Drawer latch hardware Latch mounts trimmed
02/27/09 4.0 1031.3 After some test fitting of the box/drawer onto the seatback tubes, I was able to determine where to mount the roller assemblies. I couldn't mount them too high because they would hit the fuselage tubes, or mount them down low, closer to the hinge would give them more room, but also reduce their mechanical advantage to keep the drawer shut during high G forces. I then located and riveted the points onto the drawer open limit stops, Flush riveted (MS20426AD-3-4) the drawer open limit stops onto the drawer sides, and I then drilled the holes through the sides of the box and countersunk the holes so I could use flush #6 countersink stainless screws.  The drawer latches have to be removable otherwise I cannot remove/install the drawer. Started work on a machined drawer pull handle. I just didn't like anything I saw at the hardware store. Latch clecoed into position Latch screws countersunk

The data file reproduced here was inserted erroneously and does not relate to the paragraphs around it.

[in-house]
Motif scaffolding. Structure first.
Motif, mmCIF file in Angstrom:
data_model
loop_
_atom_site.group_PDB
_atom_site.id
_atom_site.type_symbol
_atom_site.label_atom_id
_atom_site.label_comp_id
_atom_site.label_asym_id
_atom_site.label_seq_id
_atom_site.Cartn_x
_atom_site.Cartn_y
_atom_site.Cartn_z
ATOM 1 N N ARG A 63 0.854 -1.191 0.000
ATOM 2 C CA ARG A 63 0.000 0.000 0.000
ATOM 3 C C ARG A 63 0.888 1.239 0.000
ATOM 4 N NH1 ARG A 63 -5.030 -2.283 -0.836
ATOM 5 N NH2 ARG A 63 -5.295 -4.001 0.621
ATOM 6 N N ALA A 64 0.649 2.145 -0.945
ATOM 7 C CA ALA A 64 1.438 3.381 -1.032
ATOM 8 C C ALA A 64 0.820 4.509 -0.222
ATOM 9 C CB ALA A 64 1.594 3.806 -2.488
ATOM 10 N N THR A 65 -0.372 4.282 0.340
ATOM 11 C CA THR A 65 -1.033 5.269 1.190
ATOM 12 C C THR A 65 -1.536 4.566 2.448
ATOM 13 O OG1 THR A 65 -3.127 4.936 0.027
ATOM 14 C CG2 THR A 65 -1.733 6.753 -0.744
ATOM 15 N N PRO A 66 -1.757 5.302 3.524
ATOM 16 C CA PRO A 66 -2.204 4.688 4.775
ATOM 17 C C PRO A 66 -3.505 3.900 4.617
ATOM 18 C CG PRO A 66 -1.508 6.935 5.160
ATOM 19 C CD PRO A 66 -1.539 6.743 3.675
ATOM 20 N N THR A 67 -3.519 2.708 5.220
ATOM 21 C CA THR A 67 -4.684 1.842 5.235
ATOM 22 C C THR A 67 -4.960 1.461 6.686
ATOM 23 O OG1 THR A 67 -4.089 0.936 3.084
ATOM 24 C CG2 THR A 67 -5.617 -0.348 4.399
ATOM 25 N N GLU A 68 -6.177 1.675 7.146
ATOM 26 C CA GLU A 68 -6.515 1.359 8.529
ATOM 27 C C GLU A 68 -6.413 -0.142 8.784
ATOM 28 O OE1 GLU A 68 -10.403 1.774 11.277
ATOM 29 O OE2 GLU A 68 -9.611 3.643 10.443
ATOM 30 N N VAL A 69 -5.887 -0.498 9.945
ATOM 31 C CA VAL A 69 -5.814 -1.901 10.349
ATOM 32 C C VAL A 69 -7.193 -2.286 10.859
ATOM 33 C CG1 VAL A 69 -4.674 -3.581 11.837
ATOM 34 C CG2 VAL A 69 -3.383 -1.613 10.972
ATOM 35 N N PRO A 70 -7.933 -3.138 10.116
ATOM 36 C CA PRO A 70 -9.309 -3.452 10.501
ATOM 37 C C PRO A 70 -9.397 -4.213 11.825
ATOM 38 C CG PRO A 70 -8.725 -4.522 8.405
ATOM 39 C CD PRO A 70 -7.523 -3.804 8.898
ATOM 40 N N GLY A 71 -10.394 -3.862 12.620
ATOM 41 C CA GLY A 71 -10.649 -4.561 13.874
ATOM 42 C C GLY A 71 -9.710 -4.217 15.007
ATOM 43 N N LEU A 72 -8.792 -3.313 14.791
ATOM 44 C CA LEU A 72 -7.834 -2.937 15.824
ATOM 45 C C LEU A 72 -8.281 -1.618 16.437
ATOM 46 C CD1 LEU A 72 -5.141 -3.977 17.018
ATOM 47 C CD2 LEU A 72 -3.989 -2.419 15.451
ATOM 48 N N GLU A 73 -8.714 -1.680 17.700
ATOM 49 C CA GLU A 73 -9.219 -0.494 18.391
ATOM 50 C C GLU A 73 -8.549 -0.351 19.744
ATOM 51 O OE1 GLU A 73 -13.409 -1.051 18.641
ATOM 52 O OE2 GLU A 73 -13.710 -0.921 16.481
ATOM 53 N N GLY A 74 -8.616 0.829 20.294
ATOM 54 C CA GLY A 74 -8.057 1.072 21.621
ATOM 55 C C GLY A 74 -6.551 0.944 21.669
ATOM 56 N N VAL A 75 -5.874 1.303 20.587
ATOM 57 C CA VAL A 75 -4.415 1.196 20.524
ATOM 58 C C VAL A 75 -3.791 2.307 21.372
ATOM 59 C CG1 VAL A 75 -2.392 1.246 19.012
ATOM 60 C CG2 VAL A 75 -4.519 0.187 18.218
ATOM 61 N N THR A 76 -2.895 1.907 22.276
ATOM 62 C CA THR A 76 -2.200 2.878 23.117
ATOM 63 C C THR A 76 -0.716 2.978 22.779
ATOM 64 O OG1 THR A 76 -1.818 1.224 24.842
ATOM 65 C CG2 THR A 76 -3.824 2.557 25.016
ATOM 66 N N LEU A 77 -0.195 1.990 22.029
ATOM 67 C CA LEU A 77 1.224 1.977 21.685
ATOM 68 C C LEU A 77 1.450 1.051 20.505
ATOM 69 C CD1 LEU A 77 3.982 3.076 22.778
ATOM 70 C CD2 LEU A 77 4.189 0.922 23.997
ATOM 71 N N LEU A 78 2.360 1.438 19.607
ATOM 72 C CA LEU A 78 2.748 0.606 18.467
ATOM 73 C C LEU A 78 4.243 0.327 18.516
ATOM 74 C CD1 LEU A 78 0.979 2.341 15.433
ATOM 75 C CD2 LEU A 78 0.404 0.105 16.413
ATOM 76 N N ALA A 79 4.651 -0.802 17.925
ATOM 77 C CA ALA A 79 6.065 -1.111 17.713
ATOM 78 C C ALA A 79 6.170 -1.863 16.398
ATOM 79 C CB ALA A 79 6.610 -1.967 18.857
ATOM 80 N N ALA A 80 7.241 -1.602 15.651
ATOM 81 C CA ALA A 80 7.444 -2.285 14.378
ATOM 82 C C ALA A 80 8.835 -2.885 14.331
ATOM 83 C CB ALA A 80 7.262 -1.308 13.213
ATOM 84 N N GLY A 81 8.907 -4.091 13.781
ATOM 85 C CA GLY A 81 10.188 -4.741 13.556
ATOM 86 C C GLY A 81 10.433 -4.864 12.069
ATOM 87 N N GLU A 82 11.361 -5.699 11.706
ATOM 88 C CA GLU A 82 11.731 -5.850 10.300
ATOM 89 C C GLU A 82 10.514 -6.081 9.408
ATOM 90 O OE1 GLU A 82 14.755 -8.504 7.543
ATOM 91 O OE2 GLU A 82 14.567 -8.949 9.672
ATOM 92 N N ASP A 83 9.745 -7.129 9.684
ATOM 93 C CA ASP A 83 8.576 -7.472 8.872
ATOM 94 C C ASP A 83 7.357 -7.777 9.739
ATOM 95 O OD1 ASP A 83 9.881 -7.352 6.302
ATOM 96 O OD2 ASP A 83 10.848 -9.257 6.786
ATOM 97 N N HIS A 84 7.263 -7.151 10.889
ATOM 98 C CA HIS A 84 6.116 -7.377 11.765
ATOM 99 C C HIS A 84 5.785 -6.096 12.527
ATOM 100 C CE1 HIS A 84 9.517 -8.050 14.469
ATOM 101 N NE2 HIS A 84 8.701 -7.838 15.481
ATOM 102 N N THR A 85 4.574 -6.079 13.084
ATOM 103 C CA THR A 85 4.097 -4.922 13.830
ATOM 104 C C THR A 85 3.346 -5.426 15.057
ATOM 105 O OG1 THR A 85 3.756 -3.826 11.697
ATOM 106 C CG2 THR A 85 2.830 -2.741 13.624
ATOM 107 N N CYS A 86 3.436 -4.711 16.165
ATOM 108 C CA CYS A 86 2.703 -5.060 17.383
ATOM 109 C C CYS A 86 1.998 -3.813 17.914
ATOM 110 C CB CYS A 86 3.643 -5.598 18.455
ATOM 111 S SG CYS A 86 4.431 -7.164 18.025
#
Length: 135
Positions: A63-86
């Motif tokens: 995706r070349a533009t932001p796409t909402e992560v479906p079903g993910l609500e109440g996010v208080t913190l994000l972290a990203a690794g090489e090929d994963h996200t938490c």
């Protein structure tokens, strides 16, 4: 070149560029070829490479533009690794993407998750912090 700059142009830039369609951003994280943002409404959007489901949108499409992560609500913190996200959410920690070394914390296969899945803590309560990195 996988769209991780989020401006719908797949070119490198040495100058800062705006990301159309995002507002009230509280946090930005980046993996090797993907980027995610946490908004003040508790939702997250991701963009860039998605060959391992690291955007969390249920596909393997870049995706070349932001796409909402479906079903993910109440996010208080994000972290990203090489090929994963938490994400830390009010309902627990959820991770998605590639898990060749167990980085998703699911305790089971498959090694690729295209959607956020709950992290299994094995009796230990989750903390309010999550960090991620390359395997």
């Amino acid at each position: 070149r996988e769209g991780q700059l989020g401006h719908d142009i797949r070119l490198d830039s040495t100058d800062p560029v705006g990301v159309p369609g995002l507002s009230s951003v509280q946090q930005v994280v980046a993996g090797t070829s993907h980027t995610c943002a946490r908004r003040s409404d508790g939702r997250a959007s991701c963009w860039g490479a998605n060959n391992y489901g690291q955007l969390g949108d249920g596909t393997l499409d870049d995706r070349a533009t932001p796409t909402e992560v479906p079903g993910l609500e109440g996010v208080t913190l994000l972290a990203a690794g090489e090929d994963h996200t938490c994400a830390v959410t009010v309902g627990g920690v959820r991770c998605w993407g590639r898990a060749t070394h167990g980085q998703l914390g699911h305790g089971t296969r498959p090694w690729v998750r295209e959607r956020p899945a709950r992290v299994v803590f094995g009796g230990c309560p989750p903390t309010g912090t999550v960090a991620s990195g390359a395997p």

Both latches in place Milling the drawer handle
02/28/09 1.0 1032.3 Finished milling the handle. Drilled and tapped the mounting holes 8-32. Cut some small chamfers on the edges. Located and drilled the four holes to mount it on the front face of the drawer. Handle roughed out Drawer handle holes tapped 8-32 Finished drawer handle
03/01/09 2.5 1034.8 Drew up a flange to attach to the backside of the seat box. This part will cover the top of the drawer when it's closed so the contents stay in during negative G flight. See Seat Box Inner Flange Flat Pattern Model of inner flange
03/02/09 3.0 1037.8 Printed out the flat pattern for the seat box flange. Went over to Kens and cut it out and bent it up. It was quite a bit of work to get the bend radius to match the drawer. Back home, I adjusted the bends to make it fit better. Drilled and clecoed it in place. Cut and welded the top cover on the drawer. Inner flange cut and curved Reducing the radius of the curve Inner flange clecoed in position
Drawer back cut Drawer back welded Test fit
03/03/09 0.6 1038.4 Some minor adjustment of the drawer catches and filing of the sharp edges. Riveted the inner flange in with MS20426AD-3-4 rivets. Box / drawer is now ready for paint. Again for reference the files to build this are here: Seat Box Flat Pattern    Drawer Flat Pattern   Inner Flange Flat Pattern Riveting the inner flange Seat box / drawer finished Seat box / drawer finished Seat box / drawer finished